Under the decision, Eritrea has the advantage of having a questionable border internationally guaranteed and its precarious national identity reinforced. Ethiopia, despite having won the war and the battle of prestige, has not gained an inch of territory nor any right to the free use of Assab port on the Red Sea. It did not take advantage of the fact that, historically and legally speaking, the entire relationship with Eritrea, from borders to port use, was up for negotiation again, due to the unilateral resort to armed force by Eritrea. The only thing the Ethiopians did was to evict the enemy from its uncontested territory. That a war became “necessary”, however, was partly the result of the Ethiopian regime's ambiguous political dealings with the Eritreans and with giving them too many political and economic advantages after 1993.


Ethiopia contested the EEBC decision on 13 May 2002, but this came too late. It had no military positions any more to back up its borderline claims, and, in any case, had made insufficient claims in the negotiations themselves. Regarding this issue, it is remarkable that no claim whatsoever was submitted to the EEBC for an outlet to the sea (Assab port). In paragraphs 4.69-4.71 (p. 50) of the Border Ruling it is shown also that Ethiopia gave up contested areas like Tsorona and Fort Cadorna without any counter-claim. Even the claim to Badme came very late, as par. 5.92 of the Border Ruling shows: "The Commission notes that no evidence of such activities [i.e., long-time presence, effective administration, etc. in the Badme area] was introduced in the Ethiopian Memorial (= the submission to the EEBC) The evidence to be examined only appeared in the Ethiopian Counter-Memorial. It was not added to or developed in the Ethiopian reply."


It seems that Ethiopian policy on this matter followed the old TPLF ideological line - or dogma - that Eritrean independence within borders that were already agreed upon in the 1970s in covert agreements between EPLF and TPLF - is to a large extent being carried out (cf. the paper by Belai cited in note 12). This is also testimony to the fact that the underlying political alliance between the two regimes in Addis Ababa and Asmara, despite the insults and the bloodshed, is still there. However, the irony is that Italy - and Eritrea - never had any exercise of administration or control in the Badme area and beyond.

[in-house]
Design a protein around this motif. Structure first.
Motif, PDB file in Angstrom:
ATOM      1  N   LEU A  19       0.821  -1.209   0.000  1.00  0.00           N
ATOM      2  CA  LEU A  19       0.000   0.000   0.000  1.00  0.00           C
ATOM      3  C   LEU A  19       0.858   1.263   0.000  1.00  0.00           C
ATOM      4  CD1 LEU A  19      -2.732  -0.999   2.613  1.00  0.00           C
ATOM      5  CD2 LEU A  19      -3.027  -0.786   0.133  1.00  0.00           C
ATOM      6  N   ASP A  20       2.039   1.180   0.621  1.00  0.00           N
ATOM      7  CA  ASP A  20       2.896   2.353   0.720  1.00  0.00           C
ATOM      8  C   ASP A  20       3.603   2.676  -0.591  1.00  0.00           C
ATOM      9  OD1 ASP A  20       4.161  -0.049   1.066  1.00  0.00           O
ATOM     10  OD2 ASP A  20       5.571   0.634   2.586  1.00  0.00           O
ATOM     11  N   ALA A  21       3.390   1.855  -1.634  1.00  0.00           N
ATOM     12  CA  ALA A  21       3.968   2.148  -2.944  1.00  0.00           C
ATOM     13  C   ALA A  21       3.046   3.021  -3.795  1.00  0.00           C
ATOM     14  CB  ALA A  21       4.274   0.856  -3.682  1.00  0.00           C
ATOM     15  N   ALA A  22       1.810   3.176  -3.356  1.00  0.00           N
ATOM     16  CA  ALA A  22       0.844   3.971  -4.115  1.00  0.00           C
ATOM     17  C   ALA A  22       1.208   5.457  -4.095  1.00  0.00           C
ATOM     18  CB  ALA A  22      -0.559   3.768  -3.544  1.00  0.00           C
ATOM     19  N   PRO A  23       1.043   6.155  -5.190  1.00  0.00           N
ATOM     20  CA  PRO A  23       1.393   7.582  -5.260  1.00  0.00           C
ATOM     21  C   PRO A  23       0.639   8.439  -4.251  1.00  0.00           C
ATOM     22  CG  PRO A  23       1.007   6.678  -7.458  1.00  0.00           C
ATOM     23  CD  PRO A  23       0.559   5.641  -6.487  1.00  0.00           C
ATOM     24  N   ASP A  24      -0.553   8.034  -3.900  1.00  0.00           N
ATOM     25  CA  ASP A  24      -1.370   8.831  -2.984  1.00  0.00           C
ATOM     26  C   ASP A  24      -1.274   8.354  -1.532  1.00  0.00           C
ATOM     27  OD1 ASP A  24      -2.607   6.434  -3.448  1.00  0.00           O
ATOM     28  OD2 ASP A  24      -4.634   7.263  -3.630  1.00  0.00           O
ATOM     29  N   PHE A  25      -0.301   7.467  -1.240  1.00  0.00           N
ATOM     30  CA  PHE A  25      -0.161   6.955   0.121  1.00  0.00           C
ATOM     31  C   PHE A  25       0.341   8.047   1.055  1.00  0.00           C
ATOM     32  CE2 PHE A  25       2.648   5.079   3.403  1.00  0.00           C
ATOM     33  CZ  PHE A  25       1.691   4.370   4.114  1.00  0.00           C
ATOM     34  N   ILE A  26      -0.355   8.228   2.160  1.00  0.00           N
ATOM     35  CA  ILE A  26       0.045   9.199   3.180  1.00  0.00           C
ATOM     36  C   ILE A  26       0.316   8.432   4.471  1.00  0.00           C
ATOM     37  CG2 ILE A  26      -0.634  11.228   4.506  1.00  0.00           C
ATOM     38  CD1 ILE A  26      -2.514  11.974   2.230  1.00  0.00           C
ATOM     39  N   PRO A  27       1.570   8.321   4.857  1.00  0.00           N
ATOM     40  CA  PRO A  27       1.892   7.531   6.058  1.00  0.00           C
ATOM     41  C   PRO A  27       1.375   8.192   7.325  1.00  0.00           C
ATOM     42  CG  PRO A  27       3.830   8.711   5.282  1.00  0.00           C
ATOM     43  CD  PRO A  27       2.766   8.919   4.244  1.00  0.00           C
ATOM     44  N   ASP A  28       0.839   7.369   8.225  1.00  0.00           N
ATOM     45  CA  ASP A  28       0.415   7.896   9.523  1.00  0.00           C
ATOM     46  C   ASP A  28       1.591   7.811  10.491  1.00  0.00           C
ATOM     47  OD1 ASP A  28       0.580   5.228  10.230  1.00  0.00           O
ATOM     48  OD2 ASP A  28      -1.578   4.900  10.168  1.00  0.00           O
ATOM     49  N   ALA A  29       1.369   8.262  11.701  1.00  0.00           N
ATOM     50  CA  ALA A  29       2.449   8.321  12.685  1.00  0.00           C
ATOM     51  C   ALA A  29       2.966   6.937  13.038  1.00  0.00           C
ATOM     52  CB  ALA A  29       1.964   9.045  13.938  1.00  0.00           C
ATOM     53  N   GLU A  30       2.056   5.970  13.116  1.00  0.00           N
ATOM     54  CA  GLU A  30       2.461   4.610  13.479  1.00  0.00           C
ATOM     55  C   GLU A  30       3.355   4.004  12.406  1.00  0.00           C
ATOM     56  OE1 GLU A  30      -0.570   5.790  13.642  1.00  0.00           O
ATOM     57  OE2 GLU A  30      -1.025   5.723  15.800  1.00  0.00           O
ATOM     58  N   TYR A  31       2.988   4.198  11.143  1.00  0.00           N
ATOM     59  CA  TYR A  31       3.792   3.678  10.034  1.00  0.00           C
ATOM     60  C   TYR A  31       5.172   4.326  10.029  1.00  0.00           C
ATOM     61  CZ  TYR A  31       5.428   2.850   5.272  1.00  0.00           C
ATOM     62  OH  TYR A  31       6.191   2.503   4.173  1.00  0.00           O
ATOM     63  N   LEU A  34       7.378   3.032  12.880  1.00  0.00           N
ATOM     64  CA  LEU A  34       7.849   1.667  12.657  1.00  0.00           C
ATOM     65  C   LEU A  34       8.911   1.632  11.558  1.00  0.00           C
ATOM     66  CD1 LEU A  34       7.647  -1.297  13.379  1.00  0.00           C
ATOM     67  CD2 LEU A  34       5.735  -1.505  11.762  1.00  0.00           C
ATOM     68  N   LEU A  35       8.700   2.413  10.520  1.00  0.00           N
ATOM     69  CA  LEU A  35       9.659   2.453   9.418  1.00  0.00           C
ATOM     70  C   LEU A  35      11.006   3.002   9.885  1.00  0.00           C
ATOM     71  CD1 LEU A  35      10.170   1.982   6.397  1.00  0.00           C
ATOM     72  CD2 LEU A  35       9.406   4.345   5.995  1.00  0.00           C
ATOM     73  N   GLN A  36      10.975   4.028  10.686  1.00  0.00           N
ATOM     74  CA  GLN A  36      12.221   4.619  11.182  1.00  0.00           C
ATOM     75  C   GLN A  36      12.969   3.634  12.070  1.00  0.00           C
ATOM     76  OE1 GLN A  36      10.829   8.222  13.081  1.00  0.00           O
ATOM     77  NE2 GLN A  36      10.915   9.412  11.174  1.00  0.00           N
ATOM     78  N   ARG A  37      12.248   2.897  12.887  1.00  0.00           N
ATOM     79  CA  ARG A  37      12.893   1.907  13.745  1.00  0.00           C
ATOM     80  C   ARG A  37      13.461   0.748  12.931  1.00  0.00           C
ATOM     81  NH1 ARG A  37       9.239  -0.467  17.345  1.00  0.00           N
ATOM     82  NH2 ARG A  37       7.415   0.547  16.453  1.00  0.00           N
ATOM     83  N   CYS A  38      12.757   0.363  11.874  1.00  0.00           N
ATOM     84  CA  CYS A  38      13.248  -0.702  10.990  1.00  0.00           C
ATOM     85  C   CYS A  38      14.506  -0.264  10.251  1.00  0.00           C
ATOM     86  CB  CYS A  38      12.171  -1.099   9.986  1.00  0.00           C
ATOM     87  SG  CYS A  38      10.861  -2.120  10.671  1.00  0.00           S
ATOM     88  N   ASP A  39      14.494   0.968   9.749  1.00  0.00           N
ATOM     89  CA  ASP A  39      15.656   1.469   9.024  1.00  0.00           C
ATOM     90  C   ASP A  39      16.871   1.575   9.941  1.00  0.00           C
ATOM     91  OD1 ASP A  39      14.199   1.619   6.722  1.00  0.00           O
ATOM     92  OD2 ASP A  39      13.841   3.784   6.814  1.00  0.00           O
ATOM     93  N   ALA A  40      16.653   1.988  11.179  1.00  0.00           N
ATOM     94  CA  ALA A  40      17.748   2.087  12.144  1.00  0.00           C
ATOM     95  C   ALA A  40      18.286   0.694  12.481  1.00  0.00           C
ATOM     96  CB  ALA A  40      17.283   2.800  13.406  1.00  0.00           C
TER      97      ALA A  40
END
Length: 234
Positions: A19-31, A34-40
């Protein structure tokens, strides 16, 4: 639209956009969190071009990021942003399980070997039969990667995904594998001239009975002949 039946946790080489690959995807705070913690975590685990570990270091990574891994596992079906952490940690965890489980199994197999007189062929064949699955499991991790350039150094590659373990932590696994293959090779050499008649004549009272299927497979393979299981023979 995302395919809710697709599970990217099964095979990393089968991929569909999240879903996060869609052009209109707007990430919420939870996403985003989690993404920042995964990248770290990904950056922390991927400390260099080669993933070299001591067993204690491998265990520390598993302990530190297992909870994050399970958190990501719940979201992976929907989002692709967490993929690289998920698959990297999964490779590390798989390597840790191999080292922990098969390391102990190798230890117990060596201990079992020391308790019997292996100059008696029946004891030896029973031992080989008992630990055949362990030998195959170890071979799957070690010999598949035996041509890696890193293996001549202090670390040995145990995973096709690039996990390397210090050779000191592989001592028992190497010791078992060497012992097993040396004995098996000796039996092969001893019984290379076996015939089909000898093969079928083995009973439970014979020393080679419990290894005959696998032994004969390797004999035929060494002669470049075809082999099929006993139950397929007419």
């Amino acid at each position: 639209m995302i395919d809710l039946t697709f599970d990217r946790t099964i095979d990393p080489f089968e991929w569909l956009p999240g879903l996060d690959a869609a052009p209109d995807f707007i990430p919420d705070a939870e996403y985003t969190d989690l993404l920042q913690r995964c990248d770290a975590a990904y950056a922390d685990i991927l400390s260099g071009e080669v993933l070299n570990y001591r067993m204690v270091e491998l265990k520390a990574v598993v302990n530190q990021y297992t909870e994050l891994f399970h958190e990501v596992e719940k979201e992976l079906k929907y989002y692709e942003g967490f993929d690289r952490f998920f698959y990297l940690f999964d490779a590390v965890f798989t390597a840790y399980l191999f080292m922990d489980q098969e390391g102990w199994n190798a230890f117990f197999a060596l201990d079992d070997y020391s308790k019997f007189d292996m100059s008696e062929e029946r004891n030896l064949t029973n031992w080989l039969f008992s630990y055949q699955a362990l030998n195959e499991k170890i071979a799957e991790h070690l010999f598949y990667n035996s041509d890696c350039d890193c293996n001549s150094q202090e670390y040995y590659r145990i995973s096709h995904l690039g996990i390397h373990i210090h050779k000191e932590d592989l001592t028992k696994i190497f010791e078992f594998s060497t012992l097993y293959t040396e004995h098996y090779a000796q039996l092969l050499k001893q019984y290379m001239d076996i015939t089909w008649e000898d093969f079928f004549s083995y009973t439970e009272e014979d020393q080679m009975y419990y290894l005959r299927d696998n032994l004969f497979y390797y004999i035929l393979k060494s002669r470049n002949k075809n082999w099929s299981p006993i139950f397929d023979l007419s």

A Cold War in the Horn of Africa?


It is amazing that such an apparently simple question as to where Badme lies is so controversial and so hidden in a smokescreen of propaganda and nationalist talk by the two protagonists. It only shows how deeply this unfortunate conflict has blighted Ethio-Eritrean relations. It is also amazing how the two regimes were prepared to let the issues of disagreement blow up into a devastating war with huge human, economic, and environmental consequences.


The background of this is the ingrained politics of secrecy and distrust in the Horn of Africa, maintained by elite maneuvering. The general context is the long-standing crisis in African political culture in conditions of poverty, resource scarcity and zero-sum game power politics. As in many places in Africa, in the Horn one deals with an often quite callous and cynical leadership that wants to retain power at any cost. Compromise politics, power sharing or giving substantial rights to opposition, or even to its citizens, is seen as a personal defeat by leading elites on both sides. As long as this political culture of envy and authoritarianism predominates there is little hope for improvement in terms of democratization, the building of a “lasting peace”, sustainable economic upsurge and other such fictions.